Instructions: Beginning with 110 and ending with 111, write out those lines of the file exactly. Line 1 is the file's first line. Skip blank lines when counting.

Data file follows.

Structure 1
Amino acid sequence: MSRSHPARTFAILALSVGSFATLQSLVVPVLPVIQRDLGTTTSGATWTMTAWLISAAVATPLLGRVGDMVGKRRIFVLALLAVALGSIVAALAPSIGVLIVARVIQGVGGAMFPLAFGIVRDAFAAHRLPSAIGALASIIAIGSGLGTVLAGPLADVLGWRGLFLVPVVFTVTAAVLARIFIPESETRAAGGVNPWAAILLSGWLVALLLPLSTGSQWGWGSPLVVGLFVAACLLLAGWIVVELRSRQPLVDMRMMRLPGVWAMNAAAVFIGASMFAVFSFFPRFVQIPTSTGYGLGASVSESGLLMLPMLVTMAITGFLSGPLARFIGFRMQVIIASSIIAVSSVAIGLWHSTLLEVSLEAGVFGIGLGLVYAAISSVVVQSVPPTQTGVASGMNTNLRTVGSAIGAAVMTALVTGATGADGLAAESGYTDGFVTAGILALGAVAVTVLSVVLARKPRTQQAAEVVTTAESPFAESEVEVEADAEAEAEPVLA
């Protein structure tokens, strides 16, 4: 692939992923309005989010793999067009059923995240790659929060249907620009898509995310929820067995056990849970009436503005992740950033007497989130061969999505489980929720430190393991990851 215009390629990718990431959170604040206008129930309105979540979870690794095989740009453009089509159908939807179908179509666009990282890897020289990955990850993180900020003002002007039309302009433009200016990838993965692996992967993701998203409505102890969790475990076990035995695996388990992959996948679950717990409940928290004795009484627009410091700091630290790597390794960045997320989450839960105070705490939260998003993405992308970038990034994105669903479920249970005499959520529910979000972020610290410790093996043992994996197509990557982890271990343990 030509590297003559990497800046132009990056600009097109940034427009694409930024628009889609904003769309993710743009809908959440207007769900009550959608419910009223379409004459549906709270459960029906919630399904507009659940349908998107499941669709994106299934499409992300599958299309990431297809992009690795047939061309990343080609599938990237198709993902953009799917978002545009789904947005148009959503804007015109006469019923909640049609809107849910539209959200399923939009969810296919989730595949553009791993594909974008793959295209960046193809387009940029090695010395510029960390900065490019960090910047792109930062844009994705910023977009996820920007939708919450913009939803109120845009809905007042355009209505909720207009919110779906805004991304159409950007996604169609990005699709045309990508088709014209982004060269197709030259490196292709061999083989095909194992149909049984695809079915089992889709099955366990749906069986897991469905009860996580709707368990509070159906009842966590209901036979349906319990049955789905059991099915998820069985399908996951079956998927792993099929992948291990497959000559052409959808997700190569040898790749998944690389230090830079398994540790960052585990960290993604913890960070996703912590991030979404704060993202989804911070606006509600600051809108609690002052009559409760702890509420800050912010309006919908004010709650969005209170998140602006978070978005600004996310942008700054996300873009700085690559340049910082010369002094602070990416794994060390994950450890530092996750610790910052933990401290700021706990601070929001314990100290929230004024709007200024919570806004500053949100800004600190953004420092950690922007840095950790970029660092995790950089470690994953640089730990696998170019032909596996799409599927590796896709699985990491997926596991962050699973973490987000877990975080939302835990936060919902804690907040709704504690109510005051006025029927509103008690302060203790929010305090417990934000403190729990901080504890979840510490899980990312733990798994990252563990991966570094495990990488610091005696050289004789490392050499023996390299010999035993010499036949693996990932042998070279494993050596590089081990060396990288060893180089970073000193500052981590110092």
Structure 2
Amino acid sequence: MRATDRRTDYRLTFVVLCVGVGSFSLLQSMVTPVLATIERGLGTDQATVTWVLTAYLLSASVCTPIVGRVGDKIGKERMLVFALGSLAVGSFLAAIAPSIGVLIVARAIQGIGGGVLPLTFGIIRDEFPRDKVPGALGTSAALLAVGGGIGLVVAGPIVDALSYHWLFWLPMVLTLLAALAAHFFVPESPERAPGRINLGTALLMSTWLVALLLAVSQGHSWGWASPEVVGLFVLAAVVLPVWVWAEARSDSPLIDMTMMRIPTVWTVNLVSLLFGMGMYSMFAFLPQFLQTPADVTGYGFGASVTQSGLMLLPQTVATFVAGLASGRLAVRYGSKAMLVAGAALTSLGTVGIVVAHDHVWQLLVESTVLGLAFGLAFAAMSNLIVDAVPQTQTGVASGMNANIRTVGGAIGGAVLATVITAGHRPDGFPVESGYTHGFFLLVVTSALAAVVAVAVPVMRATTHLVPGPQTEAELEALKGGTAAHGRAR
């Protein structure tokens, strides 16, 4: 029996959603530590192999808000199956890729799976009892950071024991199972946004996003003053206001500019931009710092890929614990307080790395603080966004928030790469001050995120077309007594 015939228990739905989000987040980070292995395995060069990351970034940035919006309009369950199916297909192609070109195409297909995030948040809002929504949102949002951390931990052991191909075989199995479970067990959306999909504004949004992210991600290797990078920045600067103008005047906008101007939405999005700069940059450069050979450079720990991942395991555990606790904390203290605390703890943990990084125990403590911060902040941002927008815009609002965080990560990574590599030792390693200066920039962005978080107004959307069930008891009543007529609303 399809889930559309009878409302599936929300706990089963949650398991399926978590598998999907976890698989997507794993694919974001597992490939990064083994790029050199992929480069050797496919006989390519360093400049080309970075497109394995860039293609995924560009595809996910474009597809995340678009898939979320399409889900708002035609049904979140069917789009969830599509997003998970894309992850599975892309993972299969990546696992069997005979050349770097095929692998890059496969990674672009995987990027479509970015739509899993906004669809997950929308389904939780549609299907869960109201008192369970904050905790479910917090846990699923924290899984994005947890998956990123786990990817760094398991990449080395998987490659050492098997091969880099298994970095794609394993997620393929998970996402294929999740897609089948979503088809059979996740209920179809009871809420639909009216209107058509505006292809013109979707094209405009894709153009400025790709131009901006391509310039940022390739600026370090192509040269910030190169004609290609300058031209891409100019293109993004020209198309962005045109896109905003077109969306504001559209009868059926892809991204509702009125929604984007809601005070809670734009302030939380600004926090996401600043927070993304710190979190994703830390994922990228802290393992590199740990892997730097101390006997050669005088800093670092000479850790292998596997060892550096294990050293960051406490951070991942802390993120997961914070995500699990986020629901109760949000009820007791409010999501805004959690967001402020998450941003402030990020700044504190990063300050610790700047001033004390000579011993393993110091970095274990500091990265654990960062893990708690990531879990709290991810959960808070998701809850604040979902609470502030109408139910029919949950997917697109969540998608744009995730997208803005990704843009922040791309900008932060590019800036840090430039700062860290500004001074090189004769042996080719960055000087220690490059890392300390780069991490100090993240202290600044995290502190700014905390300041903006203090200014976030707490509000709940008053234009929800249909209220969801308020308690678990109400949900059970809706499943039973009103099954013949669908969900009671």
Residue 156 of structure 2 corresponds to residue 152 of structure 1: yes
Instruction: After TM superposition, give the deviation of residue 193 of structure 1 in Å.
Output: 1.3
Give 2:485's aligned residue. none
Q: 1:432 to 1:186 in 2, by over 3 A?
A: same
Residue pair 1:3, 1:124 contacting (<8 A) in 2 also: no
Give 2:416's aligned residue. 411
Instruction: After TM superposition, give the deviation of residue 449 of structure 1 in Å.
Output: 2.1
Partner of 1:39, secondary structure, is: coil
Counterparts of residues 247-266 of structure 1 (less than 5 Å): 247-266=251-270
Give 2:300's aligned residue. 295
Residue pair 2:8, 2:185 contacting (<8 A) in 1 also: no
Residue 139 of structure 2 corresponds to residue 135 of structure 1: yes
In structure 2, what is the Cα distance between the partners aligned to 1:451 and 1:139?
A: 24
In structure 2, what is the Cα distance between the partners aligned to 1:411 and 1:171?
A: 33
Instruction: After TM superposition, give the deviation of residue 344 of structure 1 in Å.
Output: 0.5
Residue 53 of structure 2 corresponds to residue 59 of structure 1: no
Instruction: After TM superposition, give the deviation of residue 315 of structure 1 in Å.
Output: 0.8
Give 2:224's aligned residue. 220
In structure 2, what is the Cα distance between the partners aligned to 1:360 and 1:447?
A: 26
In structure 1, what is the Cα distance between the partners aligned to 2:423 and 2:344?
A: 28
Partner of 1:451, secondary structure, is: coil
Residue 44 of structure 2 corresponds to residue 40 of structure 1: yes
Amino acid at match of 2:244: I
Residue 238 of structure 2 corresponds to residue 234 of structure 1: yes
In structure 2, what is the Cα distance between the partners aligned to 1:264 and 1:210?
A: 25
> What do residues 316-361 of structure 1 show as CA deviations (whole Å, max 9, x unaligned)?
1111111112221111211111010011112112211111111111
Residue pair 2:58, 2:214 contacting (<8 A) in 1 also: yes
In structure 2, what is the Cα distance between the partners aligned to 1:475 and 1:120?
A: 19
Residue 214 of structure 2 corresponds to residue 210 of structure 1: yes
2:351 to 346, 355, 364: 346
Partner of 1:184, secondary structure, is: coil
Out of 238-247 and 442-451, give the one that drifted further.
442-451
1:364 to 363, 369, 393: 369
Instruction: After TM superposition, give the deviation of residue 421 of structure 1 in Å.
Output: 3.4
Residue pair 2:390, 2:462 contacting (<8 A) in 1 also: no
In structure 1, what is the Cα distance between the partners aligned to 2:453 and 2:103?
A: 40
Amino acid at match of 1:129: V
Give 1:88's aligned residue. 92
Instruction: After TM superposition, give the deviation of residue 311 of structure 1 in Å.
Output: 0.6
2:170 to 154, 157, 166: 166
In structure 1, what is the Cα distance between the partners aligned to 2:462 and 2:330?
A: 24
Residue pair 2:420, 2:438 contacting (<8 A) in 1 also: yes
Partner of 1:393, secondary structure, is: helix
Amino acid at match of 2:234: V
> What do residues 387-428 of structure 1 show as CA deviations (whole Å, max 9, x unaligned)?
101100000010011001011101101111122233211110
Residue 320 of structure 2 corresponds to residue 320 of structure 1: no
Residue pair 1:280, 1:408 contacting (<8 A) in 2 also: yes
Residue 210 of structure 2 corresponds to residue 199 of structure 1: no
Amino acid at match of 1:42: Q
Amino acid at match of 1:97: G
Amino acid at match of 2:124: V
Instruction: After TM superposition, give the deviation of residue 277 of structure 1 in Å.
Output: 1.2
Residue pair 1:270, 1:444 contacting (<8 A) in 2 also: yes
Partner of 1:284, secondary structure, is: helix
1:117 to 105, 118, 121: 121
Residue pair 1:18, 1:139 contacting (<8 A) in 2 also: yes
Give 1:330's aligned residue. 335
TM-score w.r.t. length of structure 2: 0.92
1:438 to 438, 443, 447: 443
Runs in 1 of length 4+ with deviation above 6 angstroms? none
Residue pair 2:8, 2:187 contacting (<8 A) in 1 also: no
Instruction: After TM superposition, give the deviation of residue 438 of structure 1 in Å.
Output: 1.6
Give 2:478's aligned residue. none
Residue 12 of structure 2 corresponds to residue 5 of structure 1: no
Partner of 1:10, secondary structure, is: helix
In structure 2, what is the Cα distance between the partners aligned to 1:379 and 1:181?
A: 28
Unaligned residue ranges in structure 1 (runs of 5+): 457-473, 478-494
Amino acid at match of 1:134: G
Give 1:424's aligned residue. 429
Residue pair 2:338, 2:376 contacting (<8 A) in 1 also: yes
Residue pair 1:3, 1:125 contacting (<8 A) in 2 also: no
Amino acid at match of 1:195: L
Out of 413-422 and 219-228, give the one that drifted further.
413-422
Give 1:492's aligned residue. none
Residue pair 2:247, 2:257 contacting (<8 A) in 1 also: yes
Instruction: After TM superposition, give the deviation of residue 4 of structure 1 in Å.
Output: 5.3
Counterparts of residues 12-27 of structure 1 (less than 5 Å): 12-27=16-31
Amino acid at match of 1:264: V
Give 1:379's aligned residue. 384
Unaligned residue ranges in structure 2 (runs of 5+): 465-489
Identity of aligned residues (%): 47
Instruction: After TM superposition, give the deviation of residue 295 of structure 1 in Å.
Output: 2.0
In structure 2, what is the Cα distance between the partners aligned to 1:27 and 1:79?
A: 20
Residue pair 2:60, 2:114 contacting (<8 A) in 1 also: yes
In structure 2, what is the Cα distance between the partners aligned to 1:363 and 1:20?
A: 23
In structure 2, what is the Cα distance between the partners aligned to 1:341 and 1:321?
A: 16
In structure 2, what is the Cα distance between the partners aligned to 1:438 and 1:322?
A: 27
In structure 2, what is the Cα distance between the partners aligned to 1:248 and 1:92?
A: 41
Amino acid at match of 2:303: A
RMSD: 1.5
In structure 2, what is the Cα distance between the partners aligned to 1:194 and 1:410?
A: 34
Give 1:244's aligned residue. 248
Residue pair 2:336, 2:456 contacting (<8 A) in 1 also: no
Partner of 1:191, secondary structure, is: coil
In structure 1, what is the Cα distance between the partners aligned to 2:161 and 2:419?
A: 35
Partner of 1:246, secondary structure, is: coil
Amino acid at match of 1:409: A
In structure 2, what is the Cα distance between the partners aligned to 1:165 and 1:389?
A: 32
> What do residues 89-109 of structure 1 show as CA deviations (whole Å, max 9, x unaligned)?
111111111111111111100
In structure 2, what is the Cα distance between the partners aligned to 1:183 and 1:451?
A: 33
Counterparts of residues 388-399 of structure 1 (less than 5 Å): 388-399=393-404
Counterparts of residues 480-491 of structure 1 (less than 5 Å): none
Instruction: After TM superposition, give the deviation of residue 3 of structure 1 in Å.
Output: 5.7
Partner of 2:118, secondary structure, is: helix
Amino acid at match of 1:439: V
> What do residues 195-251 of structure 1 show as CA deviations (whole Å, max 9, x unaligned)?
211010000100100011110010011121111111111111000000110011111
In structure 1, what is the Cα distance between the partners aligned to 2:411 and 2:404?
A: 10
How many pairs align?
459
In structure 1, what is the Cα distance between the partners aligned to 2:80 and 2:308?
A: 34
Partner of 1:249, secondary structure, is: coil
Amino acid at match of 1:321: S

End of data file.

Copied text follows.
Identity of aligned residues (%): 47
Instruction: After TM superposition, give the deviation of residue 295 of structure 1 in Å.